icon star paper   Articles  
Back grey_arrow_rt.gif
Judge Upholds Right to HIV+Liver Transplant
  Judge Upholds Right to HIV+Liver Transplant
Judge Overturns Pennsylvania Medicaid Decision Not To Cover Liver Transplant for HIV+ Person
Altoona man wins ruling on liver transplant
By Charles Sheehan
Associated Press/ Philadelphia Inquirer, Dec 11, 2003
PITTSBURGH - An HIV-positive man in need of a lifesaving liver transplant was wrongly denied coverage under the state's Medicaid program, an administrative law judge has ruled.
William Jean Gough's liver is deteriorating due to hepatitis C. The 46-year-old from Altoona was accepted as a strong transplant candidate in August by Pittsburgh's Thomas E. Starzle Transplant Institute.
The state Department of Public Welfare, which oversees the state's Medicaid program, denied coverage for Gough, saying that HIV is a life-limiting condition that rules out a transplant.
In a ruling made public yesterday, Judge Bernadene Kennedy dismissed the state's argument, saying that scientific advances allow people with HIV to live full lives.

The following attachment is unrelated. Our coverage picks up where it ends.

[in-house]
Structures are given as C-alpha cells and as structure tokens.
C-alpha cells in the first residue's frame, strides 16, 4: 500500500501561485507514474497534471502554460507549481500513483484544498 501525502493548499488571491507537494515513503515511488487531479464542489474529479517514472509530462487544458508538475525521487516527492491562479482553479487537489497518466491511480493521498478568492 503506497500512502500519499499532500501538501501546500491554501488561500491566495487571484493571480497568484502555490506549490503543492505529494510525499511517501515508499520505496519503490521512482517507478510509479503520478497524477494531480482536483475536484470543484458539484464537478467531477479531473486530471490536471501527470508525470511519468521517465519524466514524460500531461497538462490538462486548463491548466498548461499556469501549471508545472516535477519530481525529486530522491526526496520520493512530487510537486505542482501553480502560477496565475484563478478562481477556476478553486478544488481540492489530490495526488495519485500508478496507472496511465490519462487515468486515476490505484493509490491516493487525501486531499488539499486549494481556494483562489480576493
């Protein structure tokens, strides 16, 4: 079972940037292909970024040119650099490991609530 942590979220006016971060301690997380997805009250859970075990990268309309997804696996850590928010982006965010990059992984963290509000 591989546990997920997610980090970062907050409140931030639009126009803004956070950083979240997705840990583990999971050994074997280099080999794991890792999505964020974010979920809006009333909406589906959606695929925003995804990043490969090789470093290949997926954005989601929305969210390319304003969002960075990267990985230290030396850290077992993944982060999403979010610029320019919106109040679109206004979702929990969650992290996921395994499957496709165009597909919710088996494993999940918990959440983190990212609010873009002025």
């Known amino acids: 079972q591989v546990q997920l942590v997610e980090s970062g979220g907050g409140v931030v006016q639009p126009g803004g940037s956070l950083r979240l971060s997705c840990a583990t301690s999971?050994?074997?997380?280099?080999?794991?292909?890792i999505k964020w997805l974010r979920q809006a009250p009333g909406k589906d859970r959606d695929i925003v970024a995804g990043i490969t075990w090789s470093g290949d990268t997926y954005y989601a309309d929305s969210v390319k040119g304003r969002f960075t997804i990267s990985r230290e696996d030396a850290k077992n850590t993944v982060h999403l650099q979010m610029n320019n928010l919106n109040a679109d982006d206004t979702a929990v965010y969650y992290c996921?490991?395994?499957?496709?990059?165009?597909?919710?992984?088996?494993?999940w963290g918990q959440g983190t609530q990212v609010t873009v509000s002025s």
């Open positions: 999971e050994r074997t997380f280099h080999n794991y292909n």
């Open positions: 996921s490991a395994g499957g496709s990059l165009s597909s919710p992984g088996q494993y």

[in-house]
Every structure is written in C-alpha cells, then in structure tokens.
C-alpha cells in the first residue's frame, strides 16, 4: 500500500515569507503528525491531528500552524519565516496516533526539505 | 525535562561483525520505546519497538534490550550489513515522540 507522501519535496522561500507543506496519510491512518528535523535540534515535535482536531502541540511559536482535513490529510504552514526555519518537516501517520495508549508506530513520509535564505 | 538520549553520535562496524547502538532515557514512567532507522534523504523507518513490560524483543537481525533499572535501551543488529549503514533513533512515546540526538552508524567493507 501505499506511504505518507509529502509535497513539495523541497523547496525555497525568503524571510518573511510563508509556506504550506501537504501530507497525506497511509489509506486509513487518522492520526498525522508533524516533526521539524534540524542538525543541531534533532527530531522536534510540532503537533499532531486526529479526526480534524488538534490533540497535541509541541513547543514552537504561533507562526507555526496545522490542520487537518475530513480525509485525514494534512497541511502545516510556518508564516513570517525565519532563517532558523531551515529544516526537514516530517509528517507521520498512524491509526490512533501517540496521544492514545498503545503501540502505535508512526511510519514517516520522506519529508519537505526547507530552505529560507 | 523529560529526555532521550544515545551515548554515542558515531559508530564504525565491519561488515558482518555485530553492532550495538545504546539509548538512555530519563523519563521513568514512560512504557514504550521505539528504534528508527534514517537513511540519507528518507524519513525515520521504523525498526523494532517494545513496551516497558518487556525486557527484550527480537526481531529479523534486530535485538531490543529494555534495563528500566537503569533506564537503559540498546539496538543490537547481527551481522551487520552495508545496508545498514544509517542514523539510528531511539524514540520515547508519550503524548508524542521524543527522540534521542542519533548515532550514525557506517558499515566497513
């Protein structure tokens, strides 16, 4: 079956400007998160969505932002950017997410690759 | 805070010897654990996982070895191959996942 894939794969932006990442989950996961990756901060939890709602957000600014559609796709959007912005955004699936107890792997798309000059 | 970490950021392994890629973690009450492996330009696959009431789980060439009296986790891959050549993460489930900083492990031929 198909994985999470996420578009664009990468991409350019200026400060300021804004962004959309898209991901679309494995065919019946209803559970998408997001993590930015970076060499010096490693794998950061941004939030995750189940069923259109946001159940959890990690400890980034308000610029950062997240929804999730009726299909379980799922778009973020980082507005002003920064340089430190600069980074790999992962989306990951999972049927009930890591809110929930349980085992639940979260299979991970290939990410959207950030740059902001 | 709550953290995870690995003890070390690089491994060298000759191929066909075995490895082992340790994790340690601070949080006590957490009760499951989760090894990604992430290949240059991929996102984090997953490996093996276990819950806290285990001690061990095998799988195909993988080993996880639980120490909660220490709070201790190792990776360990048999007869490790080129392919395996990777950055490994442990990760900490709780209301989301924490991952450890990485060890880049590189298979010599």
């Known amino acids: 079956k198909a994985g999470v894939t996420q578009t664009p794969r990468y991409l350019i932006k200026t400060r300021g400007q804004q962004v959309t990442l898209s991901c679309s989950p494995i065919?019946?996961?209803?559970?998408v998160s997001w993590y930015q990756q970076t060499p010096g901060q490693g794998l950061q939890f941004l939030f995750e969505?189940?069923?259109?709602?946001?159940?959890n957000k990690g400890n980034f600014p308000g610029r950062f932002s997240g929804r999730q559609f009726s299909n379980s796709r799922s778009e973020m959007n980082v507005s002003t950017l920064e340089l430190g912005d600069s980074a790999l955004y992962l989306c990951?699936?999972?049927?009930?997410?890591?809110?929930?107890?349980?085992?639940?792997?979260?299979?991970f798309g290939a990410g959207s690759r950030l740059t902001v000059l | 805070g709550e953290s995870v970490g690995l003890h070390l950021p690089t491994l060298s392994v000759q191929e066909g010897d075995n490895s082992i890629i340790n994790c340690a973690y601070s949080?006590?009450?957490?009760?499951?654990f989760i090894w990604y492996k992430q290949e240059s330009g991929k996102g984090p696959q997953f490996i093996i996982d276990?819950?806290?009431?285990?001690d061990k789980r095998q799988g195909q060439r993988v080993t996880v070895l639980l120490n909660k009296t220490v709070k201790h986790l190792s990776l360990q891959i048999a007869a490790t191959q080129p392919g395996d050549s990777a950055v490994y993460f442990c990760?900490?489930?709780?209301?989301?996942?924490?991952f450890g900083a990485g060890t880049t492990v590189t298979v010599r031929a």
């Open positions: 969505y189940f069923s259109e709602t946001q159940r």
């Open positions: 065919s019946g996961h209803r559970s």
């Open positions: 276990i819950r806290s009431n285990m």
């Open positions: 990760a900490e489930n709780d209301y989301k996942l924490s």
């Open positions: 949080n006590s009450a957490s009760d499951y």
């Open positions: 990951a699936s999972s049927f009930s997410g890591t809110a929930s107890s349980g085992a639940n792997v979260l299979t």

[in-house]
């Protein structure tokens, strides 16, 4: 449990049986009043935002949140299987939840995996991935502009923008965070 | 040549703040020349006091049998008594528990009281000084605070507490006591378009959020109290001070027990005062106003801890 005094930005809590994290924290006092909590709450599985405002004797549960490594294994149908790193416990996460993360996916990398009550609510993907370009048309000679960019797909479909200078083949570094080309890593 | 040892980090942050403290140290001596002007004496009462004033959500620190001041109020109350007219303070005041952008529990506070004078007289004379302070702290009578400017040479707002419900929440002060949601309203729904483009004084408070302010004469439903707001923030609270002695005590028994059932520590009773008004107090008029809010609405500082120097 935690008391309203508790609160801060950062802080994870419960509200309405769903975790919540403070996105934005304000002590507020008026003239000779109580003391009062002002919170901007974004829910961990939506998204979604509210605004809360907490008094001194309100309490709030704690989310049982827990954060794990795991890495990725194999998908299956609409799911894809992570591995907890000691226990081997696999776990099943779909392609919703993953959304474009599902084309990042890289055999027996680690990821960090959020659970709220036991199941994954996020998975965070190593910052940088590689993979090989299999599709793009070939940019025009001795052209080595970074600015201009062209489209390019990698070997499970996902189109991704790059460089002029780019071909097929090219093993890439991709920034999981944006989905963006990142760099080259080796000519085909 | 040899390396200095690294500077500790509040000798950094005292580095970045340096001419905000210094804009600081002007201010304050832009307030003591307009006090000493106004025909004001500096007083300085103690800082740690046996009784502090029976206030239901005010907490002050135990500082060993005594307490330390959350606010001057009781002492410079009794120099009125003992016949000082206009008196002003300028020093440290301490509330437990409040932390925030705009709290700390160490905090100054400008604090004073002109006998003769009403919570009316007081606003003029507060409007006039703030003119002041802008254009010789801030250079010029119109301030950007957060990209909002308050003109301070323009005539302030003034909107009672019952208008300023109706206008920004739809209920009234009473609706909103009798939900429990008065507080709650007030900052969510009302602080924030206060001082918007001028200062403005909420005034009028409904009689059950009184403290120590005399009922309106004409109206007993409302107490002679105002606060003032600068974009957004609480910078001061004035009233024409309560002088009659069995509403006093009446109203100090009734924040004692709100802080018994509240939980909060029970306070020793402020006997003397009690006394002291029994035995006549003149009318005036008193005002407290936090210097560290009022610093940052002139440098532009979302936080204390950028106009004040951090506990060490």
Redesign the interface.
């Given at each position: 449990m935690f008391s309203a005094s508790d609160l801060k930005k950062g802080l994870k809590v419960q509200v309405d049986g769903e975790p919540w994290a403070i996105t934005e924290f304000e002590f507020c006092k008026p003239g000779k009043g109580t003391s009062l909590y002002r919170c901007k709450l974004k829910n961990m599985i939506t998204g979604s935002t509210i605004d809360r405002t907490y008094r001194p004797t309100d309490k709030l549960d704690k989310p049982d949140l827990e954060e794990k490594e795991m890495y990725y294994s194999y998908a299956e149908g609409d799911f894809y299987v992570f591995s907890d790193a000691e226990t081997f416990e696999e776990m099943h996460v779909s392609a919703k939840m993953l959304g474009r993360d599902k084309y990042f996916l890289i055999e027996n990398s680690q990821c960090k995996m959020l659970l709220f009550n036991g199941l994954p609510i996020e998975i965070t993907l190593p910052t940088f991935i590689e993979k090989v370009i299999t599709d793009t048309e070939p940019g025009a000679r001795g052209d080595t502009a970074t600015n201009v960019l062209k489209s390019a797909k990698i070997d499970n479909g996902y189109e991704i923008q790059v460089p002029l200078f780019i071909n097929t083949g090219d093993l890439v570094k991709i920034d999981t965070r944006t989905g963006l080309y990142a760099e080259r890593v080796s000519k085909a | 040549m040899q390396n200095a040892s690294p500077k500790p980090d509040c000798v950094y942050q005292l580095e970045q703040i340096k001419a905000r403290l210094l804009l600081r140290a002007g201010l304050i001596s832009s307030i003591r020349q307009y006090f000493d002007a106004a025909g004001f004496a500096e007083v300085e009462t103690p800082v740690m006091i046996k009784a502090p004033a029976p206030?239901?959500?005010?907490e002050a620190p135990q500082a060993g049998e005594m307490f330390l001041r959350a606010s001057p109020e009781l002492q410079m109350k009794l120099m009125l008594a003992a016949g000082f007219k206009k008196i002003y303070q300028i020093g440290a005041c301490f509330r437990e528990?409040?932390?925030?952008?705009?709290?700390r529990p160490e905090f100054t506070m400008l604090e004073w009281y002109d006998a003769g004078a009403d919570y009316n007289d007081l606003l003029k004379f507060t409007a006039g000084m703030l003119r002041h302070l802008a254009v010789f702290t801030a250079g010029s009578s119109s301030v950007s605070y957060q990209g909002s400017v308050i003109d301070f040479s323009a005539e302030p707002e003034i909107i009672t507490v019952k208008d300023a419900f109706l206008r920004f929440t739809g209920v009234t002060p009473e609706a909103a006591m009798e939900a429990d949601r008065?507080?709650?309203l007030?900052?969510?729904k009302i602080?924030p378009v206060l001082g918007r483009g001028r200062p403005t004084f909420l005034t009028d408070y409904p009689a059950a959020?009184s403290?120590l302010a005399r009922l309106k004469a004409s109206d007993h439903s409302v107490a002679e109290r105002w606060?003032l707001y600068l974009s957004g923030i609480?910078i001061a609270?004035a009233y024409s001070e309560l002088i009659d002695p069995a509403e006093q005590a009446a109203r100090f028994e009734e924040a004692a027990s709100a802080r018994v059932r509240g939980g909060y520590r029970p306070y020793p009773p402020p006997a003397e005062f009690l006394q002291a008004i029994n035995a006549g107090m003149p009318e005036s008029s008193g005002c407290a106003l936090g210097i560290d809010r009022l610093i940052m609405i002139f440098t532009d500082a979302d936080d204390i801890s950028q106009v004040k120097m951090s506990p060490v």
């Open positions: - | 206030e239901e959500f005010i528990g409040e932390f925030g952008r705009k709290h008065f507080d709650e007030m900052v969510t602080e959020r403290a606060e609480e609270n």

Kennedy expedited the case because Gough's condition worsens by the day and he could be ineligible for a transplant if his liver continues to deteriorate.
Doctors said Gough could die in nine to 12 months without a transplant. The average wait is six to 12 months.
"I've struggled with this disease for many years, and you've got to have hope," Gough said yesterday. "I just think it's a lack of education in our health-care system. It seems to me the state's working off of old criteria."
Gough tested positive for HIV and hepatitis C in 1996. A doctor submitted an affidavit stating Gough's HIV has been under control for years.
The Department of Public Welfare will not appeal the judge's ruling, spokeswoman Stephanie Suran said.
It is the second time in two months that Lambda Legal, a gay legal rights group, has successfully argued that patients with HIV should not be excluded from transplants just because they are HIV-positive.
In October, Kaiser Permanente, one of the nation's largest health maintenance organizations, approved a kidney transplant for an HIV-positive man in Denver, reversing an earlier decision.
  icon paper stack View Older Articles   Back to Top   www.natap.org